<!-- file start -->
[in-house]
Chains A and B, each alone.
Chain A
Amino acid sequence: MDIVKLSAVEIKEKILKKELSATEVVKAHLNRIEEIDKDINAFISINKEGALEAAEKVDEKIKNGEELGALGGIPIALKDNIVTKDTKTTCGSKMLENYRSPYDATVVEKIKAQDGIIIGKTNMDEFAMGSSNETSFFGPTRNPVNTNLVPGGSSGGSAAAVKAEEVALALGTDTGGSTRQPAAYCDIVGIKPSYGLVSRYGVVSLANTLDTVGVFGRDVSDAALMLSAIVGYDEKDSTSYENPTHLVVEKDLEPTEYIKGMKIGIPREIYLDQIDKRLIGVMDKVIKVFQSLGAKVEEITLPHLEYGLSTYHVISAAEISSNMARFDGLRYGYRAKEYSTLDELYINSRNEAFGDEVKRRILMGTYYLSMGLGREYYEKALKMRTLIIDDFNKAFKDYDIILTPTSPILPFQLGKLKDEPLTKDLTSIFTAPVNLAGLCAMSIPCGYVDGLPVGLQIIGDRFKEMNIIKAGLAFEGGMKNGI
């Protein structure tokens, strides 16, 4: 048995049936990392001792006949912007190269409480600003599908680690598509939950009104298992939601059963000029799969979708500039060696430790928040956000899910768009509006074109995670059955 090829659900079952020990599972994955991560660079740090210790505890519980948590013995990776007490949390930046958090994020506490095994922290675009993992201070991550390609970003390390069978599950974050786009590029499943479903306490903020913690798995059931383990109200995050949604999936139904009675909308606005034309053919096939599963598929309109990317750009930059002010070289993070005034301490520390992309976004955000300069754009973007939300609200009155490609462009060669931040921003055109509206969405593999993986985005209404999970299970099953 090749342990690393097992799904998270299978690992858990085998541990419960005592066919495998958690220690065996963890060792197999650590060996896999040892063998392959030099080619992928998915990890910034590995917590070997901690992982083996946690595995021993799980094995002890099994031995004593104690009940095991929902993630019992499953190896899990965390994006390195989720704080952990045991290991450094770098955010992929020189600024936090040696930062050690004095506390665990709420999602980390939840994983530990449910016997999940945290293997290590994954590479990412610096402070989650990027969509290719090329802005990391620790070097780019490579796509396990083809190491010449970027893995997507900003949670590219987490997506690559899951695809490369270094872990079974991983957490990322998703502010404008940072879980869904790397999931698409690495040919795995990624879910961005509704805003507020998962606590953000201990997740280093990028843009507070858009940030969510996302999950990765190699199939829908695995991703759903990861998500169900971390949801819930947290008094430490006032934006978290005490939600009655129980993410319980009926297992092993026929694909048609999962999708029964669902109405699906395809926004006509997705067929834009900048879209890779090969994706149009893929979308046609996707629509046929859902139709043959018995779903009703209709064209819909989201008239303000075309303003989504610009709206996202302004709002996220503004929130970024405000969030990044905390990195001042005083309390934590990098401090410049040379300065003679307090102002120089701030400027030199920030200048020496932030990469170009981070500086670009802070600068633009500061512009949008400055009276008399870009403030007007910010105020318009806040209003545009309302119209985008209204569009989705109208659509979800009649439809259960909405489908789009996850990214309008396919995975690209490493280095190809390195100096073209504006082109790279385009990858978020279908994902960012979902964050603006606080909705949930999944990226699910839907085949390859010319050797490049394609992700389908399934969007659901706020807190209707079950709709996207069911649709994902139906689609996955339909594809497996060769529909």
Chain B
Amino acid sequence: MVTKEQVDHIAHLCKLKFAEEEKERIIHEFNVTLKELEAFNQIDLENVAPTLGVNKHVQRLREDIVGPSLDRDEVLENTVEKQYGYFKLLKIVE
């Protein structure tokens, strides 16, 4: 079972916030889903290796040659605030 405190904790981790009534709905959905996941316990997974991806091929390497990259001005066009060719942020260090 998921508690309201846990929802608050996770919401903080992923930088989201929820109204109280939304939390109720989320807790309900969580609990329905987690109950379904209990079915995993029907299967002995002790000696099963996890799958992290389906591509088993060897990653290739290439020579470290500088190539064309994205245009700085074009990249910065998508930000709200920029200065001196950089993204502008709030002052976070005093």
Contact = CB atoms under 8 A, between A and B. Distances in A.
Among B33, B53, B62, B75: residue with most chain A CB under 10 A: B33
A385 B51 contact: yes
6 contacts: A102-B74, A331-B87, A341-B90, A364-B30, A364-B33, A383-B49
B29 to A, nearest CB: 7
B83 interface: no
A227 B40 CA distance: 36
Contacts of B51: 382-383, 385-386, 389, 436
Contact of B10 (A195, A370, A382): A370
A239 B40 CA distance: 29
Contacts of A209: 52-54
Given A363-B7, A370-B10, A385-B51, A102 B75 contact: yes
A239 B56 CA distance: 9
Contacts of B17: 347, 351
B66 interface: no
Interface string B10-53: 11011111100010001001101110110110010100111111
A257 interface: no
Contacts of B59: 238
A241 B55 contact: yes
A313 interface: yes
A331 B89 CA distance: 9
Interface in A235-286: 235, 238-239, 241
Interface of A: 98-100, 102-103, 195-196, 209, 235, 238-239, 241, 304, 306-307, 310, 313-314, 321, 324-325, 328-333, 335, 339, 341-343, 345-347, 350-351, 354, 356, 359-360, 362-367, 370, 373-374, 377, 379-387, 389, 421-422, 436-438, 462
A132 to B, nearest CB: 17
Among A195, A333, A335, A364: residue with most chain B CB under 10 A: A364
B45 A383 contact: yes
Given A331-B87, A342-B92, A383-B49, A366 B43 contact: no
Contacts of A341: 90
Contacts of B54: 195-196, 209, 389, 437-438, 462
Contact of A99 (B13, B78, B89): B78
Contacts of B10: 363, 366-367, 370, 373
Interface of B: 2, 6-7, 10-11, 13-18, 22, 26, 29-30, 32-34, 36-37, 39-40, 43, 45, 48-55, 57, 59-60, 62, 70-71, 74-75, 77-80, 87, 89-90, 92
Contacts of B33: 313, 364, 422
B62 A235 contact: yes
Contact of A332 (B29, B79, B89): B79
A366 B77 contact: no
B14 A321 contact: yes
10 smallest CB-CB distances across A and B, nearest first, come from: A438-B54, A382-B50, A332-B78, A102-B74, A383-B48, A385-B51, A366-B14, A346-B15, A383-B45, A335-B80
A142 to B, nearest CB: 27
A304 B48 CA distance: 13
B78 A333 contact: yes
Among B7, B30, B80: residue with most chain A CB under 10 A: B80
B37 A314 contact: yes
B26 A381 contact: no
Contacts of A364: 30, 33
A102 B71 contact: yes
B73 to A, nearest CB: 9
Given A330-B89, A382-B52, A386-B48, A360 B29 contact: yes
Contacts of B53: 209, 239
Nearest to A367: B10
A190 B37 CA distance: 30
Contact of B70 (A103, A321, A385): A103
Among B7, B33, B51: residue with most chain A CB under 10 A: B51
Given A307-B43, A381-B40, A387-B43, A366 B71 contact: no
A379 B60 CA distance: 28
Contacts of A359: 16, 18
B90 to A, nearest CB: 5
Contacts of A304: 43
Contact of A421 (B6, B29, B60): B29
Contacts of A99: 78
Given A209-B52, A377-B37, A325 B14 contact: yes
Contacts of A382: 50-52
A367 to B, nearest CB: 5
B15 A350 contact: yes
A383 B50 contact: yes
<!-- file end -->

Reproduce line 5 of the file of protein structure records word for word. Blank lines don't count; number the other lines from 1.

């Protein structure tokens, strides 16, 4: 048995049936990392001792006949912007190269409480600003599908680690598509939950009104298992939601059963000029799969979708500039060696430790928040956000899910768009509006074109995670059955 090829659900079952020990599972994955991560660079740090210790505890519980948590013995990776007490949390930046958090994020506490095994922290675009993992201070991550390609970003390390069978599950974050786009590029499943479903306490903020913690798995059931383990109200995050949604999936139904009675909308606005034309053919096939599963598929309109990317750009930059002010070289993070005034301490520390992309976004955000300069754009973007939300609200009155490609462009060669931040921003055109509206969405593999993986985005209404999970299970099953 090749342990690393097992799904998270299978690992858990085998541990419960005592066919495998958690220690065996963890060792197999650590060996896999040892063998392959030099080619992928998915990890910034590995917590070997901690992982083996946690595995021993799980094995002890099994031995004593104690009940095991929902993630019992499953190896899990965390994006390195989720704080952990045991290991450094770098955010992929020189600024936090040696930062050690004095506390665990709420999602980390939840994983530990449910016997999940945290293997290590994954590479990412610096402070989650990027969509290719090329802005990391620790070097780019490579796509396990083809190491010449970027893995997507900003949670590219987490997506690559899951695809490369270094872990079974991983957490990322998703502010404008940072879980869904790397999931698409690495040919795995990624879910961005509704805003507020998962606590953000201990997740280093990028843009507070858009940030969510996302999950990765190699199939829908695995991703759903990861998500169900971390949801819930947290008094430490006032934006978290005490939600009655129980993410319980009926297992092993026929694909048609999962999708029964669902109405699906395809926004006509997705067929834009900048879209890779090969994706149009893929979308046609996707629509046929859902139709043959018995779903009703209709064209819909989201008239303000075309303003989504610009709206996202302004709002996220503004929130970024405000969030990044905390990195001042005083309390934590990098401090410049040379300065003679307090102002120089701030400027030199920030200048020496932030990469170009981070500086670009802070600068633009500061512009949008400055009276008399870009403030007007910010105020318009806040209003545009309302119209985008209204569009989705109208659509979800009649439809259960909405489908789009996850990214309008396919995975690209490493280095190809390195100096073209504006082109790279385009990858978020279908994902960012979902964050603006606080909705949930999944990226699910839907085949390859010319050797490049394609992700389908399934969007659901706020807190209707079950709709996207069911649709994902139906689609996955339909594809497996060769529909």